The Cardinal's season-high eight-game winning streak ended on Monday at Santa Clara, but they've swept their last two Pac-10 series, including a three-game sweep of Cal last weekend. Over that span, Stanford has a +27 run differential, as the team is scoring 8.56 runs per game and allowing 5.56 per game. Tyler Gaffney, Colin Walsh, Stephen Piscotty, and Jonathan Kaskow have been at the top of the lineup, in that order, for the last eight games, and for good reason: they have all been producing. Kaskow, the team's best hitter, is batting .469/.559/.630 with one home run and 18 walks to 15 strikeouts. He's having a spectacular junior season and leads the Pac-10 in batting average by more than 20 points.
The trio of Brett Mooneyham, Jordan Pries, and Brian Busick have formed the starting rotation over the last three weekends and have done a solid job, averaging close to six innings per start. Junior right-hander Danny Sandbrink, who has struggled this year with a 5.56 ERA in 10 appearances, had an encouraging performance on Monday at Santa Clara. The righty went five innings and gave up two earned runs on three hits on 79 pitches. It was arguably his best performance of the season. I was incorrect in saying that, after beginning of the season struggles, Sandbrink would bounce back quickly and be involved in the Stanford pitching staff, but maybe he's finally made some sort of adjustment that'll allow him to be more successful.
The Huskies have lost six of eight, including four of six to Cal and Arizona State. They trail Stanford in most offensive and defensive categories, including average (.299 to .282) and ERA (5.23 to 5.83), though the teams' ERAs are last in the conference. Nobody especially stands out in the Washington lineup, but second baseman Doug Cherry is batting .371/.432/.468 with two homers, while designated hitter Chase Anselment is batting .347/.424/.507 with 10 doubles.
Their four main starting pitchers, ace Andrew Kittredge, Forrest Snow, Geoff Brown, and Ben Guidos, have all given up significantly more hits than innings pitched, though Kittredge does have 67 strikeouts in 64.1 innings pitched. Of these four pitchers, none have a fielding-independent pitching, which I'll explain later, of under 4.53. As a whole, the Washington pitching staff has given up 55 home runs in 40 games, worst in the Pac-10. In fact, the next worst team, Stanford, has given up only 27 home runs.
Fielding Independent Pitching
Defense-independent pitching statistics (DIPS) measure a pitcher's efficacy based on plays that do not involve fielders. These plays are under only the pitcher's control because fielders have no effect on the outcome.
Fielding-independent pitching (FIP) takes into account only the things for which a pitcher is specifically responsible – strikeouts, walks, and home runs allowed. The main reason why FIP is more reliable in evaluating pitchers than traditional statistics, such as earned-run average (ERA), is that traditional statistics measure what happens at the surface level – runs batted in and wins as two examples. New-school stats measure each player's contribution to those surface-level stats, while removing the contributions of their teammates and the random fluctuations of chance.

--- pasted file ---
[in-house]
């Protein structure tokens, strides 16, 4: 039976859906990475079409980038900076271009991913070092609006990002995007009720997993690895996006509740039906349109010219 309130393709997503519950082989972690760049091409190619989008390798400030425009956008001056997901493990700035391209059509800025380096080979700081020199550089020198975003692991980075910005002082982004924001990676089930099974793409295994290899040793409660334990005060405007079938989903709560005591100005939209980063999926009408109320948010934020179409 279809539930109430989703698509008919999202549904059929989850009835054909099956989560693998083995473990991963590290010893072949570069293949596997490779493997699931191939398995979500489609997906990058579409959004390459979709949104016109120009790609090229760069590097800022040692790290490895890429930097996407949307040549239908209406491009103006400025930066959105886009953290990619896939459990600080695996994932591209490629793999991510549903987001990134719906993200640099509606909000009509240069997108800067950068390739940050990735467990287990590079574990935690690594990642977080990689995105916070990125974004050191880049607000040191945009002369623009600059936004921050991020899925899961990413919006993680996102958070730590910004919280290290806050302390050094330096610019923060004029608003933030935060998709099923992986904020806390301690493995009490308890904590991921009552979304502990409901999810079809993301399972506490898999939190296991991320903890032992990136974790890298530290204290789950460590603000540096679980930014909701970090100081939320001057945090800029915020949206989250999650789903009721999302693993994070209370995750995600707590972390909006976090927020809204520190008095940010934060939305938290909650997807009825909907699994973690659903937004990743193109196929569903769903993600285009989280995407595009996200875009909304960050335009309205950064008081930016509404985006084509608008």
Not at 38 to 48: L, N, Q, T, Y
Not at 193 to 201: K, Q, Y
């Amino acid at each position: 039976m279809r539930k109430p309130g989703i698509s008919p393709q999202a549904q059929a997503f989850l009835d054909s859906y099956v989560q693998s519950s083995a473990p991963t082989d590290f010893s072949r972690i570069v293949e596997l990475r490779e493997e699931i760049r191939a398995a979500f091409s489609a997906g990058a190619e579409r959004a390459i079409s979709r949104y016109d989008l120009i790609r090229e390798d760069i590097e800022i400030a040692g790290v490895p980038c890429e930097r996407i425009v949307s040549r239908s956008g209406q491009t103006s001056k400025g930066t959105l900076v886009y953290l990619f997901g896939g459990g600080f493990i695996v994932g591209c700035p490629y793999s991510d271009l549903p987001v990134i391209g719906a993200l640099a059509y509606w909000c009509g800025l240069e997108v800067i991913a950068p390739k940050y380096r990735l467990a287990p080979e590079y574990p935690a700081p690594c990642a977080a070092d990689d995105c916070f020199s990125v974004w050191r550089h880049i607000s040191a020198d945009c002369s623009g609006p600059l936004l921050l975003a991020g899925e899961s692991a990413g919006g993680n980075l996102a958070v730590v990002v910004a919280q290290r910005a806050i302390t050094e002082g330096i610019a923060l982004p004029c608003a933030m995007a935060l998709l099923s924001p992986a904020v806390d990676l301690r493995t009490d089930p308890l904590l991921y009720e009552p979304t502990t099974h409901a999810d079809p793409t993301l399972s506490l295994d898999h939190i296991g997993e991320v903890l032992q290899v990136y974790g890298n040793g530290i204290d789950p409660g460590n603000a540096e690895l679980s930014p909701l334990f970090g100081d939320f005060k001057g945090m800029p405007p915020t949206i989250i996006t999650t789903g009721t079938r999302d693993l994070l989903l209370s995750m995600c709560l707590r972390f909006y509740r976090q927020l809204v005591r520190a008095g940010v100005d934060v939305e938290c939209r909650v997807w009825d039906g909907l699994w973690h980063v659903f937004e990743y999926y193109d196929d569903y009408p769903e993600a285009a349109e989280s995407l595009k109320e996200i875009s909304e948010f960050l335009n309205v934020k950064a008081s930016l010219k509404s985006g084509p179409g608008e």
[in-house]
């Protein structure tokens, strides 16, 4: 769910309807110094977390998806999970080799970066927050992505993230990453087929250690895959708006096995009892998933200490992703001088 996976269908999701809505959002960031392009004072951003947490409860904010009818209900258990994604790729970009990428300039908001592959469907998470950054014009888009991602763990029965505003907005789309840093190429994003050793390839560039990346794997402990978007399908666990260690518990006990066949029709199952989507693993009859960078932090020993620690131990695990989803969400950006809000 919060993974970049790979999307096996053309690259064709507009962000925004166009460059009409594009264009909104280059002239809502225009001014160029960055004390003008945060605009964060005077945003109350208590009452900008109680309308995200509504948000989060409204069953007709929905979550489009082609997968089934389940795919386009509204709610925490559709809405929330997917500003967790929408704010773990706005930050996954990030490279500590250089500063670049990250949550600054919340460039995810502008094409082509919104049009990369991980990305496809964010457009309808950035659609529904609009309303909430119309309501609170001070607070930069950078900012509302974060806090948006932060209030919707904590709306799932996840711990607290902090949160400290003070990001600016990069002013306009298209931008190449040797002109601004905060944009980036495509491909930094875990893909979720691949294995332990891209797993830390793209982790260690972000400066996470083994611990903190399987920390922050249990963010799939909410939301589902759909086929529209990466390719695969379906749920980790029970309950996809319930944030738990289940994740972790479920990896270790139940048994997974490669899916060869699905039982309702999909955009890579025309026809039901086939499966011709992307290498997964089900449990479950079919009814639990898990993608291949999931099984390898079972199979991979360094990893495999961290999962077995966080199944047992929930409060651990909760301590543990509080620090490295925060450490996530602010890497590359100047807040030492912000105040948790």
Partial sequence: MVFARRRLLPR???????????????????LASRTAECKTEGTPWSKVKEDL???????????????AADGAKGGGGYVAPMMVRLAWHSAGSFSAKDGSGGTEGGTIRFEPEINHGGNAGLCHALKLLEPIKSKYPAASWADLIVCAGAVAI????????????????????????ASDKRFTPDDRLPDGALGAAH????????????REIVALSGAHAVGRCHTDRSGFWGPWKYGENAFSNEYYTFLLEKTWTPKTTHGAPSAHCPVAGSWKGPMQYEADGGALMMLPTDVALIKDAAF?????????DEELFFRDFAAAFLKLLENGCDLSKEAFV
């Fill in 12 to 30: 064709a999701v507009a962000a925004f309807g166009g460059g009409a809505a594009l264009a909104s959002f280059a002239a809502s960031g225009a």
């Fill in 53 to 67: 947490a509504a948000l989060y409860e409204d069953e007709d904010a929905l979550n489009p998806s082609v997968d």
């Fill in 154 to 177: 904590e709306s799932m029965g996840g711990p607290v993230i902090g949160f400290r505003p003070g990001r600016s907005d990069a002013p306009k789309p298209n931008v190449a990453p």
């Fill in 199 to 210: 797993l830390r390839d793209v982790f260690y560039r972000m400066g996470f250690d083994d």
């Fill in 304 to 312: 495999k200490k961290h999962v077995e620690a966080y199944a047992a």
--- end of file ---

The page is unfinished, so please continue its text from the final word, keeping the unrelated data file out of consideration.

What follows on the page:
Collegesplits.com keeps track of many college players' statistics, including FIP. Here is a table of several Stanford pitchers' FIPs so far this year (does not include Monday's game at Santa Clara):
Brett Mooneyham's ERA is more than two runs higher than his FIP, suggesting that he's pitched better than what the results have indicated. He's striking out more than one batter per inning but also walking about one per inning. He's constantly pitching with runners on-base, but allowing less than one hit per inning. So, if he can lower his walk rate, he'll have much more success.
Jordan Pries' ERA is lower than his FIP, suggesting that he's been a bit lucky so far this year. Both his strikeout and walk rates aren't spectacular as he pitches to contact, but batters have a .268 Batting Average on Balls in Play (BABIP). Normally, batters are above the .300 mark in that category, since it is a difficult statistic to maintain at an extremely high or low level. Still, Pries has been Stanford's most consistent pitcher, as he's started every weekend for the Cardinal and usually goes deep into games.
Another FIP that stands out is that of Scott Snodgress. The lefty's ERA is more than three runs above his FIP, while batters have a .354 BABIP against him. Similar to Mooneyham, he's averaging more than a strikeout per inning, but a little less than a walk per inning. If he limits his walks, combined with the likelihood that his BABIP will take a hit, he will also be more effective.
Keys to the Series
Stanford is 8-1 in one-run contests this season. It is quite unusual for a team to sustain this type of success in close games over a long period. The Cardinal, who have been a statistically superior team, especially as of late, should take advantage of any opportunity to build leads and avoid keeping the Huskies in the game where they might have a chance to win late.
Will the Stanford offense, which is not known for its power with 22 home runs overall, be able to score via the homer in this series, especially considering that the Washington pitching gives up a lot of long balls?
The Huskies are scoring 5.63 runs per game, but will likely have to score more to have a chance in this series. They certainly have an opportunity to do so, considering that while Stanford's pitching can be good, it is by no means dominant and is prone to the bad start every so often.
Friday at 6:00 p.m.
LHP Brett Mooneyham (1-4, 5.83 ERA) vs. RHP Geoff Brown (1-3, 5.04 ERA)
Saturday at 6:30 p.m. at Safeco Field
RHP Jordan Pries (3-1, 3.39 ERA) vs. RHP Andrew Kittredge (5-3, 5.97 ERA)
Sunday at 12:00 p.m.
RHP Brian Busick (4-1, 3.89 ERA) vs. LHP Ben Guidos (1-4, 6.56 ERA)
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